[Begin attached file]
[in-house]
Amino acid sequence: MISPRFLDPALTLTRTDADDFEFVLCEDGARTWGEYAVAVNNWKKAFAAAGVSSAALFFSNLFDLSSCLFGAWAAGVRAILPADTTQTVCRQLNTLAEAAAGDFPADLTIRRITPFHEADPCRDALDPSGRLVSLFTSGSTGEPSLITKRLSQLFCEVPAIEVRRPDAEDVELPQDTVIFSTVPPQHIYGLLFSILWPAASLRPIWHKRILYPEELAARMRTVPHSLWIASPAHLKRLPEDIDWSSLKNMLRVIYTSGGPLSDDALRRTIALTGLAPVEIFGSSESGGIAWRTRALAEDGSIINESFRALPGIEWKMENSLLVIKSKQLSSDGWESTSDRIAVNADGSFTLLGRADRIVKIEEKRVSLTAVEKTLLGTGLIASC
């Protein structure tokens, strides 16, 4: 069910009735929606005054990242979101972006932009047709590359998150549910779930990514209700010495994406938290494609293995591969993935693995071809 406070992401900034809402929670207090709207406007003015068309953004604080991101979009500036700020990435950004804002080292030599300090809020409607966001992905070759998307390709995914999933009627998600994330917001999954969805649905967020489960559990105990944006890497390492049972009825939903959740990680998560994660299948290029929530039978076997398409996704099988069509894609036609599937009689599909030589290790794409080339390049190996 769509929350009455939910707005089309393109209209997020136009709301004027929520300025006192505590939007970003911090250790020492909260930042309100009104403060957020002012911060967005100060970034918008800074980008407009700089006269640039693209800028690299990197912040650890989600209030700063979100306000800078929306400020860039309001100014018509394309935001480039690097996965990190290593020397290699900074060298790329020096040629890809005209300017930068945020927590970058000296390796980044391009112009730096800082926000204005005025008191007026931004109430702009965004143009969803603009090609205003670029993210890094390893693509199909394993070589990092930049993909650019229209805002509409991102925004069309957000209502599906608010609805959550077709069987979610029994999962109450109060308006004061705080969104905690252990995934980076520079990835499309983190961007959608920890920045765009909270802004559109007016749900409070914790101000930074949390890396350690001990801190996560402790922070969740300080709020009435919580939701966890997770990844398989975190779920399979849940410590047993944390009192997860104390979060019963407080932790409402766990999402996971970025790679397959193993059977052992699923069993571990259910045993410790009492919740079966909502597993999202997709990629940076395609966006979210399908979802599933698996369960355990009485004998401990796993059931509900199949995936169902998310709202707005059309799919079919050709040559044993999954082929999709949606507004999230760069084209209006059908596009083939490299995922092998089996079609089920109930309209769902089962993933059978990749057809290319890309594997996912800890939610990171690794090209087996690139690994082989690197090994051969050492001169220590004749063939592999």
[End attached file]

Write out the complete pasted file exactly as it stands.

[in-house]
Amino acid sequence: MISPRFLDPALTLTRTDADDFEFVLCEDGARTWGEYAVAVNNWKKAFAAAGVSSAALFFSNLFDLSSCLFGAWAAGVRAILPADTTQTVCRQLNTLAEAAAGDFPADLTIRRITPFHEADPCRDALDPSGRLVSLFTSGSTGEPSLITKRLSQLFCEVPAIEVRRPDAEDVELPQDTVIFSTVPPQHIYGLLFSILWPAASLRPIWHKRILYPEELAARMRTVPHSLWIASPAHLKRLPEDIDWSSLKNMLRVIYTSGGPLSDDALRRTIALTGLAPVEIFGSSESGGIAWRTRALAEDGSIINESFRALPGIEWKMENSLLVIKSKQLSSDGWESTSDRIAVNADGSFTLLGRADRIVKIEEKRVSLTAVEKTLLGTGLIASC
């Protein structure tokens, strides 16, 4: 069910009735929606005054990242979101972006932009047709590359998150549910779930990514209700010495994406938290494609293995591969993935693995071809 406070992401900034809402929670207090709207406007003015068309953004604080991101979009500036700020990435950004804002080292030599300090809020409607966001992905070759998307390709995914999933009627998600994330917001999954969805649905967020489960559990105990944006890497390492049972009825939903959740990680998560994660299948290029929530039978076997398409996704099988069509894609036609599937009689599909030589290790794409080339390049190996 769509929350009455939910707005089309393109209209997020136009709301004027929520300025006192505590939007970003911090250790020492909260930042309100009104403060957020002012911060967005100060970034918008800074980008407009700089006269640039693209800028690299990197912040650890989600209030700063979100306000800078929306400020860039309001100014018509394309935001480039690097996965990190290593020397290699900074060298790329020096040629890809005209300017930068945020927590970058000296390796980044391009112009730096800082926000204005005025008191007026931004109430702009965004143009969803603009090609205003670029993210890094390893693509199909394993070589990092930049993909650019229209805002509409991102925004069309957000209502599906608010609805959550077709069987979610029994999962109450109060308006004061705080969104905690252990995934980076520079990835499309983190961007959608920890920045765009909270802004559109007016749900409070914790101000930074949390890396350690001990801190996560402790922070969740300080709020009435919580939701966890997770990844398989975190779920399979849940410590047993944390009192997860104390979060019963407080932790409402766990999402996971970025790679397959193993059977052992699923069993571990259910045993410790009492919740079966909502597993999202997709990629940076395609966006979210399908979802599933698996369960355990009485004998401990796993059931509900199949995936169902998310709202707005059309799919079919050709040559044993999954082929999709949606507004999230760069084209209006059908596009083939490299995922092998089996079609089920109930309209769902089962993933059978990749057809290319890309594997996912800890939610990171690794090209087996690139690994082989690197090994051969050492001169220590004749063939592999």